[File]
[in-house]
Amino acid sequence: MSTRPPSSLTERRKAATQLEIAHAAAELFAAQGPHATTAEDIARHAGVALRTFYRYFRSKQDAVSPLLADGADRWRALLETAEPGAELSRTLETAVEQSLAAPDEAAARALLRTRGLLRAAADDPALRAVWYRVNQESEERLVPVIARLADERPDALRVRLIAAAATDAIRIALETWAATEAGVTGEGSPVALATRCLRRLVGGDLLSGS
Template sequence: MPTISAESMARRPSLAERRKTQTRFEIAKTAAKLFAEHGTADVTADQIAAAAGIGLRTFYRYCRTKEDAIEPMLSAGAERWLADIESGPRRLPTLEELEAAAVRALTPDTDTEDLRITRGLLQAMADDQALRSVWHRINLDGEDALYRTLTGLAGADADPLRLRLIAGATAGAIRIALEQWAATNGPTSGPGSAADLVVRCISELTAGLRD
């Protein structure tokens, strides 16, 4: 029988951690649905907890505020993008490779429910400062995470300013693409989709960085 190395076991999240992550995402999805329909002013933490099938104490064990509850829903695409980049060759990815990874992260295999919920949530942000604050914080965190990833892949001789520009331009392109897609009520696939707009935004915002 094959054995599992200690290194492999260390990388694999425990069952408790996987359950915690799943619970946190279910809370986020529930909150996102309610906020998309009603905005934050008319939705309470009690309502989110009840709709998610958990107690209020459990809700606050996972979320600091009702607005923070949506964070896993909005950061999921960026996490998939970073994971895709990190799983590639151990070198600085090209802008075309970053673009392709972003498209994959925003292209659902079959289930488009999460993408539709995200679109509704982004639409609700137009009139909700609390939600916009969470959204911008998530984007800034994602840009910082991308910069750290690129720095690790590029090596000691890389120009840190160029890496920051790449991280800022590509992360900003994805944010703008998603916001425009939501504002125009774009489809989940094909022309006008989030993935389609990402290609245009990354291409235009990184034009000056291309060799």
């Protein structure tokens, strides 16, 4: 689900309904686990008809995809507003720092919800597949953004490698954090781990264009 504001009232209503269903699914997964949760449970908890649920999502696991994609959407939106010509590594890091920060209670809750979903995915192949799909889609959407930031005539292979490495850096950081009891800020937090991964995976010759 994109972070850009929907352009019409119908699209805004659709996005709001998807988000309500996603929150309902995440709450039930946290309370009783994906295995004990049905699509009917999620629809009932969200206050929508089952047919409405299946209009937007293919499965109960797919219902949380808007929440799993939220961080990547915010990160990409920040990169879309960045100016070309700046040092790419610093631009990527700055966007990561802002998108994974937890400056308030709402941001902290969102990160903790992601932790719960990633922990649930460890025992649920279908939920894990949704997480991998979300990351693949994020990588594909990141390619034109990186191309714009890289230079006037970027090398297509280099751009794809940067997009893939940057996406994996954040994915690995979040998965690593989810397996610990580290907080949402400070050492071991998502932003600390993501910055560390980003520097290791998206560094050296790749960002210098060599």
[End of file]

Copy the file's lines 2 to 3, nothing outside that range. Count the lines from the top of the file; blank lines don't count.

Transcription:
Amino acid sequence: MSTRPPSSLTERRKAATQLEIAHAAAELFAAQGPHATTAEDIARHAGVALRTFYRYFRSKQDAVSPLLADGADRWRALLETAEPGAELSRTLETAVEQSLAAPDEAAARALLRTRGLLRAAADDPALRAVWYRVNQESEERLVPVIARLADERPDALRVRLIAAAATDAIRIALETWAATEAGVTGEGSPVALATRCLRRLVGGDLLSGS
Template sequence: MPTISAESMARRPSLAERRKTQTRFEIAKTAAKLFAEHGTADVTADQIAAAAGIGLRTFYRYCRTKEDAIEPMLSAGAERWLADIESGPRRLPTLEELEAAAVRALTPDTDTEDLRITRGLLQAMADDQALRSVWHRINLDGEDALYRTLTGLAGADADPLRLRLIAGATAGAIRIALEQWAATNGPTSGPGSAADLVVRCISELTAGLRD